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Linear operators: part 3

Revision as of 01:31, 11 September 2011; view current revision

1 Compositions of operators correspond to ... of matrices

Does this look familiar?

$$(f \circ g)' = f' \circ g'.$$

Wrong!

Is this the Chain Rule?

No, not the composition! It's product, in the left-hand side:

$(f \circ g)' = f' \cdot g'$

Wrong? Depends on the point of view.

These are wrong:

• $(f \cdot g)' \neq f' \cdot g',$
• $(\frac{f}{g})' \neq \frac{f'}{g'}.$

Our interpretation: the derivative is a linear operator.

And, composition of linear operators $=$ product of their matrices.

Then the "new" formula works!

Example: To clarify, suppose $f(x,y) = (x^2-y,xy)$. What is $f'$? It's made of partial derivatives:

$$f' = \left[ \begin{array}{} 2x & -1 \\ y & x \end{array} \right]$$

Theorem. The composition of two linear operators corresponds to the product of their matrices.

Consider:

$$\newcommand{\ra}[1]{\!\!\!\!\!\!\!\xrightarrow{\quad#1\quad}\!\!\!\!\!} \newcommand{\da}[1]{\left\downarrow{\scriptstyle#1}\vphantom{\displaystyle\int_0^1}\right.} \newcommand{\ua}[1]{\left\uparrow{\scriptstyle#1}\vphantom{\displaystyle\int_0^1}\right.} % \begin{array}{llllllllllll} {\rm basis \hspace{3pt}}B & & {\rm basis \hspace{3pt}} D & & {\rm basis \hspace{3pt}}E \\ V & \ra{T} & U & \ra{S} & W \\ \da{}\ua{\varkappa_B} & & \ua{}\da{\varkappa_D} & & \ua{}\da{\varkappa_E} \\ {\bf R}^n & \ra{A_T} & {\bf R}^m & \ra{A_S} & {\bf R}^k \end{array}$$

Here $S \circ T$ corresponds under $\varkappa$ to $A_S \cdot A_T$, which is the product of their matrices.

Why? We use the Uniqueness Theorem for Linear Operators:

$$(S \circ T)(v_i) = \varkappa_E^{-1}(A_SA_T)\varkappa_B(v_i),$$

where $v_i \in B$. $\blacksquare$

Conclusion:

• Facts about matrices can be turned into facts about linear operators.

For more see Vector calculus: course.

Theorem: $A_{T^{-1}} = A_T^{-1}$, provided $T \colon V \rightarrow U$ is invertible.

Note: "-1" on the left refers to the inverse of the operator while on the right it's about matrix inverse.

Note: This is a matrix equation.

Proof:

(half of the proof)

To continue, recall the definition of inverse (both of them):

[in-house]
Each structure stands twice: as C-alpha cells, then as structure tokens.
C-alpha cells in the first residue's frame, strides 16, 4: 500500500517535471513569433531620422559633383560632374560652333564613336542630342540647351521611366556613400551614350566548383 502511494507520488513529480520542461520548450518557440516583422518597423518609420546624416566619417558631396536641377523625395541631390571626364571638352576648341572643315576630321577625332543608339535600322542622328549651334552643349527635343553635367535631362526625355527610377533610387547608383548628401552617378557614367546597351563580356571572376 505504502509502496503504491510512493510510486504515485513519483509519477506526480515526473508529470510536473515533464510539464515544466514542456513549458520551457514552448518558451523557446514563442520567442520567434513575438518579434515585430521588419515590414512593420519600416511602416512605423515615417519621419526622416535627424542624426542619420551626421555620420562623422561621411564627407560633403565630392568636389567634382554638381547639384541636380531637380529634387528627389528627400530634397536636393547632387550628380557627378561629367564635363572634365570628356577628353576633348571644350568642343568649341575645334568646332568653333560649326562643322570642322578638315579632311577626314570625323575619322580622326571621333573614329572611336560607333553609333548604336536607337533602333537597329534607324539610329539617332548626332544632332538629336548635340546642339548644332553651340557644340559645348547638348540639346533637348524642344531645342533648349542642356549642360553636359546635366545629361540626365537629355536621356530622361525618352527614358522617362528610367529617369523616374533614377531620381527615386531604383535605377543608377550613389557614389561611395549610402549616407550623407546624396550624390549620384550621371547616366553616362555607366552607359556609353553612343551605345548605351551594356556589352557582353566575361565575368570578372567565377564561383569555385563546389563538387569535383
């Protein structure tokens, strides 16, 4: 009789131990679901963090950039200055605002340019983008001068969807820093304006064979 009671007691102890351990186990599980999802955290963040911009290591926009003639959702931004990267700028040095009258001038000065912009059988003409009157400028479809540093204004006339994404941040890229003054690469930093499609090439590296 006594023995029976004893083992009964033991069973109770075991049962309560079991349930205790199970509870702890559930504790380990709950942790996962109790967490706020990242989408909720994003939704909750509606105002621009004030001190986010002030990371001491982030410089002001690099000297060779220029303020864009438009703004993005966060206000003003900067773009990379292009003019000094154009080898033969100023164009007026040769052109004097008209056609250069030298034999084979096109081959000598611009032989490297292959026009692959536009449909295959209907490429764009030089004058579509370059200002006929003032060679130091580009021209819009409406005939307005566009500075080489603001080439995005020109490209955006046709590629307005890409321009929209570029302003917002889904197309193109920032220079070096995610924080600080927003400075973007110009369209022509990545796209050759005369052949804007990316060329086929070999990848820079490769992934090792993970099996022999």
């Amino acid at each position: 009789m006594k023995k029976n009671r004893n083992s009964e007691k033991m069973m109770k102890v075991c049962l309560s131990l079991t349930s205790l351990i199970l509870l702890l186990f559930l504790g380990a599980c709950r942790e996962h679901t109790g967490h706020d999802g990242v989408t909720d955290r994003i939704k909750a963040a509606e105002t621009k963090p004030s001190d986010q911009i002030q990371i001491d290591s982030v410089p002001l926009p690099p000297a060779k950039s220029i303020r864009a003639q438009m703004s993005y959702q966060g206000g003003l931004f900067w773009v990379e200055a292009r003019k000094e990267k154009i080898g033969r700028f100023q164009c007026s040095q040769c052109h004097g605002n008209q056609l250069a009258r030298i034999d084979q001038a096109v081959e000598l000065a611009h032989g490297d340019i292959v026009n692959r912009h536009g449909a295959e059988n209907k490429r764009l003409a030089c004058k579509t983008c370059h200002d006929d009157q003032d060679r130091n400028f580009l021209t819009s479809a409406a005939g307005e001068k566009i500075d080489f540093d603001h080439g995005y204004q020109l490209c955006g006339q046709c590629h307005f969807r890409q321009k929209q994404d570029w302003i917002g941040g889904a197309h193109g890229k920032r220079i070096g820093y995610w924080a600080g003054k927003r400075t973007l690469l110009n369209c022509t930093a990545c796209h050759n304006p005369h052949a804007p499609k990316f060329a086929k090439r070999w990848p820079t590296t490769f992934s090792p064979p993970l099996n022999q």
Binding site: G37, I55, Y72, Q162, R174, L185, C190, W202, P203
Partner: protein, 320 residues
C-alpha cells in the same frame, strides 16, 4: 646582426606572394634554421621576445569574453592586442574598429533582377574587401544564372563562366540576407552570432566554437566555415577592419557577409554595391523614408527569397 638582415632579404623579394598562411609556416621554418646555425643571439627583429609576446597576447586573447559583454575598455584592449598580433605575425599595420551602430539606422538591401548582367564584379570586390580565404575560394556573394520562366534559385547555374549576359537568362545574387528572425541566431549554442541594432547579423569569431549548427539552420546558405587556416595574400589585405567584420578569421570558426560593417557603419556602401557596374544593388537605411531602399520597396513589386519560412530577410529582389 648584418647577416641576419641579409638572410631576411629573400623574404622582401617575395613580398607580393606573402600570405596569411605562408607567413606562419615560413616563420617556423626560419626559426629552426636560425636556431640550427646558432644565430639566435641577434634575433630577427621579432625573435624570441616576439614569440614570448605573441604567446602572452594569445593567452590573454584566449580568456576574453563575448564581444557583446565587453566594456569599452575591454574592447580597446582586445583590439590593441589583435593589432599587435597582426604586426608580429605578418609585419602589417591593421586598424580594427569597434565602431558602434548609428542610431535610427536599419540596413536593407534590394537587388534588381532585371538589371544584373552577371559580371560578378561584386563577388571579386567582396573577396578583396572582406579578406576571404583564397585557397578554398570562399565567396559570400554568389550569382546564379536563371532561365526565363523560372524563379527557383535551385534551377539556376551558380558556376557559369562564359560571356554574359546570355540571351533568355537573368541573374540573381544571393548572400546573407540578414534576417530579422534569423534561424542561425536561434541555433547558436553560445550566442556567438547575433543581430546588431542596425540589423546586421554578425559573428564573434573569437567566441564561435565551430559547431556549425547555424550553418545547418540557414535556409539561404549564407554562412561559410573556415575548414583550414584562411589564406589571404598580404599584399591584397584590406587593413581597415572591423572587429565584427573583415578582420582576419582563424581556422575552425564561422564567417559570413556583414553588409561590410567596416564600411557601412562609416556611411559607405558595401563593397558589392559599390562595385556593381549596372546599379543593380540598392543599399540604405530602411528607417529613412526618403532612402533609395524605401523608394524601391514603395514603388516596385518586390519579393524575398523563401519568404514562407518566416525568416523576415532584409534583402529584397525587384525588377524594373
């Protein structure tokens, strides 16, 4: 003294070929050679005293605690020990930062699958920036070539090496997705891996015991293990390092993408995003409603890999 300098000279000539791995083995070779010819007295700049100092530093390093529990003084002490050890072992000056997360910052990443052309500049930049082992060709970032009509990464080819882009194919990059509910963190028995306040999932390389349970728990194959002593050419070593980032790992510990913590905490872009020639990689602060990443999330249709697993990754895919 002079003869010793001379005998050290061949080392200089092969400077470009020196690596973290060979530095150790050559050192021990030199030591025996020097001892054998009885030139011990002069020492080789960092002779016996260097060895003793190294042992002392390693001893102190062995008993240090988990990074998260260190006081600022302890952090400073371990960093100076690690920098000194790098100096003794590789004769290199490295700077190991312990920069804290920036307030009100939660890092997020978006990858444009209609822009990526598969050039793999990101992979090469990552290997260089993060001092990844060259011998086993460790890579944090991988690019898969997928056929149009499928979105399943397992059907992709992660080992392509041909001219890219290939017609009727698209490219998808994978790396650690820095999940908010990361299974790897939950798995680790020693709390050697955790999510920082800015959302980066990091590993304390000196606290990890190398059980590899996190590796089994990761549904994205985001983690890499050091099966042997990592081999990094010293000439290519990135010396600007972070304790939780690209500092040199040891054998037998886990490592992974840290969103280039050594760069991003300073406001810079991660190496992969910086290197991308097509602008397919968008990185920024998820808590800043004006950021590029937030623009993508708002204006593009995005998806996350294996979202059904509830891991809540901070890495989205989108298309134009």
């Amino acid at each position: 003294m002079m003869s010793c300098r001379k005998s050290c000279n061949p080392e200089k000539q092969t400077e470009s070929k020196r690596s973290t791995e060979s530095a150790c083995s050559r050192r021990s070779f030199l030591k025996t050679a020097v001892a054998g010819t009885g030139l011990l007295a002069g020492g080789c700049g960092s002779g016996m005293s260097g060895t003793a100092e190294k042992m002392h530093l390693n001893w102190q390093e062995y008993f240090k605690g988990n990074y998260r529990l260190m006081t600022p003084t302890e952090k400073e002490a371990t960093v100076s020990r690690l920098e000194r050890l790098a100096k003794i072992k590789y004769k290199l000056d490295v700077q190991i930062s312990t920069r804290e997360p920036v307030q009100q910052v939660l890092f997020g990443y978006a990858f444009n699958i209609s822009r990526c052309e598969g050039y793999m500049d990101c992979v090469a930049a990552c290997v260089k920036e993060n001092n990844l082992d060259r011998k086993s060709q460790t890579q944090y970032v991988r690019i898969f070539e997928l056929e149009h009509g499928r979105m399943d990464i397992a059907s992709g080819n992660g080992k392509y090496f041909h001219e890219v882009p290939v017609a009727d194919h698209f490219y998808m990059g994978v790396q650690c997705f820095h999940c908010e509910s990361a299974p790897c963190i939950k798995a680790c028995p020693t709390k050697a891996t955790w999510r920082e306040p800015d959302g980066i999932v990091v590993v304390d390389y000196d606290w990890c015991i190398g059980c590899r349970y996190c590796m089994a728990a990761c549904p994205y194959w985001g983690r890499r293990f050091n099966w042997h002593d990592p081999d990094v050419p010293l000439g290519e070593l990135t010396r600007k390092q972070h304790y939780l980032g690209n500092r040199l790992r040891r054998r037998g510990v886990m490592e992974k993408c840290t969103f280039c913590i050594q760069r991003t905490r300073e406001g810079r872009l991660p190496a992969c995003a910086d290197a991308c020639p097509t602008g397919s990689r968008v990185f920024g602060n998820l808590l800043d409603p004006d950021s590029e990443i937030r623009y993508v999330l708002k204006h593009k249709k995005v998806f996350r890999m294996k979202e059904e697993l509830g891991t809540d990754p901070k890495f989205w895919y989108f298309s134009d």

• compositions: $T^{-1} \circ T = {\rm id}_V$, $T \circ T^{-1}={\rm id}_U$
• products: $A^{-1}A=I_n$, $AA^{-1} = I_m$

Here $n={\rm dim \hspace{3pt}} V$, $m = {\rm dim \hspace{3pt}} U$.

Finish. $\blacksquare$

Key: matrices are linear operators (with basis fixed).

2 Choosing a basis

As we discussed before, one basis is not enough. In particular, we can find a basis to to help us understand a given linear operator.

Example: This is familiar:

$R = \left[ \begin{array}{} {\rm cos \hspace{3pt}} \alpha & -{\rm sin \hspace{3pt}} \alpha \\ {\rm sin \hspace{3pt}} \alpha * {\rm cos \hspace{3pt}} \alpha \end{array} \right]$ is the rotation of ${\bf R}^2$ through $\alpha$.

$${\rm matrix \hspace{3pt}} \longleftarrow {\rm linear \hspace{3pt} operator}$$

$A = \left[ \begin{array}{} {\rm cos \hspace{3pt}} \alpha & -{\rm sin \hspace{3pt}} \alpha & 0 \\ {\rm sin \hspace{3pt}} \alpha & {\rm cos \hspace{3pt}} \alpha & 0 \\ 0 & 0 & 1 \end{array} \right]$ What is it?

Answer: This is rotation about $z$-axis. Why?

$$A\left[ \begin{array}{} x \\ y \\ z \end{array} \right] = \left[ \begin{array}{} (*) \\ (*) \\ z \end{array} \right] \rightarrow$$

So, we only need to consider the $xy$-plane and we realize this is rotation.

Here is another one:

$$B=\left[ \begin{array}{} {\rm cos \hspace{3pt}} \alpha & 0 & -{\rm sin \hspace{3pt}} \alpha \\ 0 & 1 & 0 \\ {\rm sin \hspace{3pt}} \alpha & 0 & {\rm cos \hspace{3pt}} \alpha \end{array} \right],$$

That's rotation about the $y$-axis.

Lesson: we can recognize rotation if we find an appropriate basis.

What if we rotate about the line along $(1,1,1)$?

Then the matrix $A$ wouldn't be recognizable...

Plan: find the best basis.

In what sense?

Suppose $C=\left[ \begin{array}{} {\rm cos \hspace{3pt}} \alpha & -{\rm sin \hspace{3pt}} \alpha & 0 \\ {\rm sin \hspace{3pt}} \alpha & {\rm cos \hspace{3pt}} \alpha & 0 \\ 0 & 0 & 1 \end{array} \right]$.

What is the basis with respect to which the matrix of $A$ is $C$?

$v_1=?$, $v_2=?$, $v_3=(1,1,1)$.

Clearly, $v_1,v_2$ are in the plane perpendicular to $(1,1,1)$!

3 Change of basis

As a start, given two bases, we want to be able to convert all vectors from one to the other.

Suppose:

• $V$ is a vector space,
• ${\rm dim \hspace{3pt}} V=n$,
• $B,D$ are two bases of $V$.

We want:

• given a vector $v \in V$, and its coordinate vector $v^D \in {\bf R}^n$ with respect to $D$,
• find its coordinate vector $v^B \in {\bf R}^n$ with respect to $B$.